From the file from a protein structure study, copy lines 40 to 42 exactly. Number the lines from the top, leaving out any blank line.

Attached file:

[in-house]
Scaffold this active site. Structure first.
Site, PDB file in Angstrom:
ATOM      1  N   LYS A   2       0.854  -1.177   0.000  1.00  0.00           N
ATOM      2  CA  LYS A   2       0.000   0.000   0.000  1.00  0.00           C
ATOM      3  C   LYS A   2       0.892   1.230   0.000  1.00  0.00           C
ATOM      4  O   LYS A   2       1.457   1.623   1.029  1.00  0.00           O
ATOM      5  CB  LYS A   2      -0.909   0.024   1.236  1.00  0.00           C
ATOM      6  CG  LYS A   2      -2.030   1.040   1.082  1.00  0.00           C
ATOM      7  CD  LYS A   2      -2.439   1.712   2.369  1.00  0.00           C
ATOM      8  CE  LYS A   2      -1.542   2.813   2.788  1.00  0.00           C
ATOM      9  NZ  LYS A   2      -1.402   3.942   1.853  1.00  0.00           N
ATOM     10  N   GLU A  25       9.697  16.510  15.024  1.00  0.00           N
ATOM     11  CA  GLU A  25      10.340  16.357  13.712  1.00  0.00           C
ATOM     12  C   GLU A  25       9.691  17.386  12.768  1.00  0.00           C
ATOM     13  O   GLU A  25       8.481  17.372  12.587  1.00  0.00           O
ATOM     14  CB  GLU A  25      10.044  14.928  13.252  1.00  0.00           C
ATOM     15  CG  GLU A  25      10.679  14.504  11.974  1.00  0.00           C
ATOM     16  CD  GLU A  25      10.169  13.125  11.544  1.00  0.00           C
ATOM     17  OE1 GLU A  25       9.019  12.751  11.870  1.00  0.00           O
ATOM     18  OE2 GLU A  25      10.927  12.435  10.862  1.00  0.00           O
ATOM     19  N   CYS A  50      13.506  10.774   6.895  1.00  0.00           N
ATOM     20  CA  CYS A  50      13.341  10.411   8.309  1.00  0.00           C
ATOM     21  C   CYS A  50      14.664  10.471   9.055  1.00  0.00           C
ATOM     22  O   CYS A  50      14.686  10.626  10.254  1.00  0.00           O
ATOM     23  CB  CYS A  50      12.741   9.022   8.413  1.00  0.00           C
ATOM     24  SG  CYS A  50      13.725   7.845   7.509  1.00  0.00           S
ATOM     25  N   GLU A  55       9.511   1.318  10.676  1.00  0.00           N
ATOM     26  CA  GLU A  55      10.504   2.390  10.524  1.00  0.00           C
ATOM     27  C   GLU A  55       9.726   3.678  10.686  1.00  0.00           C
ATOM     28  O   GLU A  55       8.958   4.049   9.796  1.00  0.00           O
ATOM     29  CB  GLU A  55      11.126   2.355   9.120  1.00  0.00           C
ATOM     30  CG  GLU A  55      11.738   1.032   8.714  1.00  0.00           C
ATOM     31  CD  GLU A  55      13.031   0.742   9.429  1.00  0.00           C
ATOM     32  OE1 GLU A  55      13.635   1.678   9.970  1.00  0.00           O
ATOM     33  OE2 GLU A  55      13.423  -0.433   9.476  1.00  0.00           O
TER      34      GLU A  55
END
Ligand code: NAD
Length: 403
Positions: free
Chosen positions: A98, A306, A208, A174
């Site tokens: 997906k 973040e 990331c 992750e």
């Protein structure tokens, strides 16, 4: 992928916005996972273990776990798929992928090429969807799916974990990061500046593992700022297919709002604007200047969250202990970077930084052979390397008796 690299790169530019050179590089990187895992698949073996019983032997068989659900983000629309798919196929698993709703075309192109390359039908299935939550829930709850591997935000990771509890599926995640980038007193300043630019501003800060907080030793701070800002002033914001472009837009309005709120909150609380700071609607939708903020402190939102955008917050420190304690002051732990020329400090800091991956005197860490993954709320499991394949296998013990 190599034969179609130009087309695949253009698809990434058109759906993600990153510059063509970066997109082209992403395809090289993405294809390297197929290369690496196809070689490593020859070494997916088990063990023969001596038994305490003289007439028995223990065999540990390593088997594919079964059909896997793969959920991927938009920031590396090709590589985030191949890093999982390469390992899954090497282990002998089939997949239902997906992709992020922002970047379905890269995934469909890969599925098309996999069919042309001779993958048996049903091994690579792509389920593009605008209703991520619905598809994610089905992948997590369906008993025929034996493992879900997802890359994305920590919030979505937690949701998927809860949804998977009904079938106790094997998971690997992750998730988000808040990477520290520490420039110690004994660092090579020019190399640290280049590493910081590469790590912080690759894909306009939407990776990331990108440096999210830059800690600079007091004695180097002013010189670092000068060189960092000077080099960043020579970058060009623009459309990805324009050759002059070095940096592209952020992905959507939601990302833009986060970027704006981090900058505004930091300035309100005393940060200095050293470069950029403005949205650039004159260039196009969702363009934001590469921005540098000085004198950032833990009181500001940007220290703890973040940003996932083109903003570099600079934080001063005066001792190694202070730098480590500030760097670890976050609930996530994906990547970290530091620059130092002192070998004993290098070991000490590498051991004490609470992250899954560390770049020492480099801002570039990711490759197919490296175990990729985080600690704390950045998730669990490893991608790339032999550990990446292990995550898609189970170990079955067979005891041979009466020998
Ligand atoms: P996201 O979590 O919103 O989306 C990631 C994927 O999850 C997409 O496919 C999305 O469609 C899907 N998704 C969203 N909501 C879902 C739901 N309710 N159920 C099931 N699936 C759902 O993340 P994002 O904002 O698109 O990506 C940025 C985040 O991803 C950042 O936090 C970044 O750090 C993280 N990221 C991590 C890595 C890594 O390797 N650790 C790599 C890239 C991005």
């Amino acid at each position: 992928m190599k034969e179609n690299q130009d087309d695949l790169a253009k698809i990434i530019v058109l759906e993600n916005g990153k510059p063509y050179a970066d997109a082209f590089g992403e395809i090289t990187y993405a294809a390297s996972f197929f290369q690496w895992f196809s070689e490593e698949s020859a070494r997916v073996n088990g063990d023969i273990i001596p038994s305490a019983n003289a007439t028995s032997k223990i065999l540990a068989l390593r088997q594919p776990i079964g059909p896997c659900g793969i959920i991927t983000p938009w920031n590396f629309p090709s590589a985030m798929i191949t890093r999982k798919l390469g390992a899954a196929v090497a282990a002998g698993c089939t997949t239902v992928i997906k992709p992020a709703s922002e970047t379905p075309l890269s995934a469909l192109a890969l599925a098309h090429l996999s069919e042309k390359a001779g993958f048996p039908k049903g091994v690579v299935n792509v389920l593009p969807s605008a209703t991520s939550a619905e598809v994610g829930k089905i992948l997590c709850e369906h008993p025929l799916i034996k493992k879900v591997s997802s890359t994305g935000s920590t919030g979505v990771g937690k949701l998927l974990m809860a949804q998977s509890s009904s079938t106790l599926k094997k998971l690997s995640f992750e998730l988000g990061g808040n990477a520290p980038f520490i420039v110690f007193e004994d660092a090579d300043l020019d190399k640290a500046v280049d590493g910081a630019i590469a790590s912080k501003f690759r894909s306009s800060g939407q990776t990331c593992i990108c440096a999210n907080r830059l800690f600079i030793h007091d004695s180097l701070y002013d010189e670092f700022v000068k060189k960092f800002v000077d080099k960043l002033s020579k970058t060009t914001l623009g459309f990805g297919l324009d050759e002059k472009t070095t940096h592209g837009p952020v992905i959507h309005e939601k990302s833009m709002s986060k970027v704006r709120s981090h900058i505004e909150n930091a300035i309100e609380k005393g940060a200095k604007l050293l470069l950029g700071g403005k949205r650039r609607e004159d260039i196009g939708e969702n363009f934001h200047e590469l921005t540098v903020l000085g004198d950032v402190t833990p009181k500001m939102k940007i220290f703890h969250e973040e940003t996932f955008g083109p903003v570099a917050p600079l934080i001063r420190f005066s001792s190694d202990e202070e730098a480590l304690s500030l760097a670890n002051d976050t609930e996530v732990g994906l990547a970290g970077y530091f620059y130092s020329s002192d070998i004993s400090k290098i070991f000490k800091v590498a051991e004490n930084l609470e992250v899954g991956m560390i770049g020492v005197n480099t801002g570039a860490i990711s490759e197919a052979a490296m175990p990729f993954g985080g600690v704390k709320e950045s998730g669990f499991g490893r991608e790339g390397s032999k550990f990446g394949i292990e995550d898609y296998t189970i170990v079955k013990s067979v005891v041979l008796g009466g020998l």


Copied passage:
Length: 403
Positions: free
Chosen positions: A98, A306, A208, A174